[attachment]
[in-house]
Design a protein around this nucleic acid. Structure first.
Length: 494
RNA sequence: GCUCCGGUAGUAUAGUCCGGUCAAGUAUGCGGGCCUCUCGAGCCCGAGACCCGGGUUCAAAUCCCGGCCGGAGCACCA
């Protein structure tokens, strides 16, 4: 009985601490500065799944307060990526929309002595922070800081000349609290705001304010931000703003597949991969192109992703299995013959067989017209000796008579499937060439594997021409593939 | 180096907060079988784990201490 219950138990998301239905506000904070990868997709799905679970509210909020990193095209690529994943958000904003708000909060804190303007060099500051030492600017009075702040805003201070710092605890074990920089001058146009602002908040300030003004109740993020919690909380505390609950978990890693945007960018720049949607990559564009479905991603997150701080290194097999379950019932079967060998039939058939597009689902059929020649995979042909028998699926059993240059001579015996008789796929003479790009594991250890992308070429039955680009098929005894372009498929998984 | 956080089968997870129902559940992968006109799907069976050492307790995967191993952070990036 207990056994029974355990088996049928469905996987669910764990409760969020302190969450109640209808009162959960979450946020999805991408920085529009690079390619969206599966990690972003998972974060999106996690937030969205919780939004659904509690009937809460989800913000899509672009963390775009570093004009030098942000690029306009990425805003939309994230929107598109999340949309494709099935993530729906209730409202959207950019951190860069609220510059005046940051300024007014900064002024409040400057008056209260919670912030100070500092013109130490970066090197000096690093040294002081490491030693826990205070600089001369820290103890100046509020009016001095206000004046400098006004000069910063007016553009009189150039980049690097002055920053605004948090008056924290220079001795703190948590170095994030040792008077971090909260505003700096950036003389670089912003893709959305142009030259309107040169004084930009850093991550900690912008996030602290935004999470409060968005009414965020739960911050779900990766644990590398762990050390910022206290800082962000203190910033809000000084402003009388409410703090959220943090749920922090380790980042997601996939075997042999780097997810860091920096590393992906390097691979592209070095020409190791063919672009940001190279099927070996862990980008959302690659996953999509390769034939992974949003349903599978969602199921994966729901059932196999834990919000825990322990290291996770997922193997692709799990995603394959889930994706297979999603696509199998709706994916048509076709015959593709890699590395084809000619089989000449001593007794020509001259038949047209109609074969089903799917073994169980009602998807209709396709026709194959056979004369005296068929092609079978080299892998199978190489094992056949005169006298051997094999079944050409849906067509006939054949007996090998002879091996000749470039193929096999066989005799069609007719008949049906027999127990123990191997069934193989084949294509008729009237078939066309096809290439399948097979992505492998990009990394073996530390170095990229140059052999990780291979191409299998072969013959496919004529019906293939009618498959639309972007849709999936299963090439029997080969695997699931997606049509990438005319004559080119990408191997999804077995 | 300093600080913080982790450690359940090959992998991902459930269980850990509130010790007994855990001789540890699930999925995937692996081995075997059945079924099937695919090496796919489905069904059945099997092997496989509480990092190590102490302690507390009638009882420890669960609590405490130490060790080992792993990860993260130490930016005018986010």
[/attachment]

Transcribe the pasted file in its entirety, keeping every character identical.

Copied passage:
[in-house]
Design a protein around this nucleic acid. Structure first.
Length: 494
RNA sequence: GCUCCGGUAGUAUAGUCCGGUCAAGUAUGCGGGCCUCUCGAGCCCGAGACCCGGGUUCAAAUCCCGGCCGGAGCACCA
């Protein structure tokens, strides 16, 4: 009985601490500065799944307060990526929309002595922070800081000349609290705001304010931000703003597949991969192109992703299995013959067989017209000796008579499937060439594997021409593939 | 180096907060079988784990201490 219950138990998301239905506000904070990868997709799905679970509210909020990193095209690529994943958000904003708000909060804190303007060099500051030492600017009075702040805003201070710092605890074990920089001058146009602002908040300030003004109740993020919690909380505390609950978990890693945007960018720049949607990559564009479905991603997150701080290194097999379950019932079967060998039939058939597009689902059929020649995979042909028998699926059993240059001579015996008789796929003479790009594991250890992308070429039955680009098929005894372009498929998984 | 956080089968997870129902559940992968006109799907069976050492307790995967191993952070990036 207990056994029974355990088996049928469905996987669910764990409760969020302190969450109640209808009162959960979450946020999805991408920085529009690079390619969206599966990690972003998972974060999106996690937030969205919780939004659904509690009937809460989800913000899509672009963390775009570093004009030098942000690029306009990425805003939309994230929107598109999340949309494709099935993530729906209730409202959207950019951190860069609220510059005046940051300024007014900064002024409040400057008056209260919670912030100070500092013109130490970066090197000096690093040294002081490491030693826990205070600089001369820290103890100046509020009016001095206000004046400098006004000069910063007016553009009189150039980049690097002055920053605004948090008056924290220079001795703190948590170095994030040792008077971090909260505003700096950036003389670089912003893709959305142009030259309107040169004084930009850093991550900690912008996030602290935004999470409060968005009414965020739960911050779900990766644990590398762990050390910022206290800082962000203190910033809000000084402003009388409410703090959220943090749920922090380790980042997601996939075997042999780097997810860091920096590393992906390097691979592209070095020409190791063919672009940001190279099927070996862990980008959302690659996953999509390769034939992974949003349903599978969602199921994966729901059932196999834990919000825990322990290291996770997922193997692709799990995603394959889930994706297979999603696509199998709706994916048509076709015959593709890699590395084809000619089989000449001593007794020509001259038949047209109609074969089903799917073994169980009602998807209709396709026709194959056979004369005296068929092609079978080299892998199978190489094992056949005169006298051997094999079944050409849906067509006939054949007996090998002879091996000749470039193929096999066989005799069609007719008949049906027999127990123990191997069934193989084949294509008729009237078939066309096809290439399948097979992505492998990009990394073996530390170095990229140059052999990780291979191409299998072969013959496919004529019906293939009618498959639309972007849709999936299963090439029997080969695997699931997606049509990438005319004559080119990408191997999804077995 | 300093600080913080982790450690359940090959992998991902459930269980850990509130010790007994855990001789540890699930999925995937692996081995075997059945079924099937695919090496796919489905069904059945099997092997496989509480990092190590102490302690507390009638009882420890669960609590405490130490060790080992792993990860993260130490930016005018986010």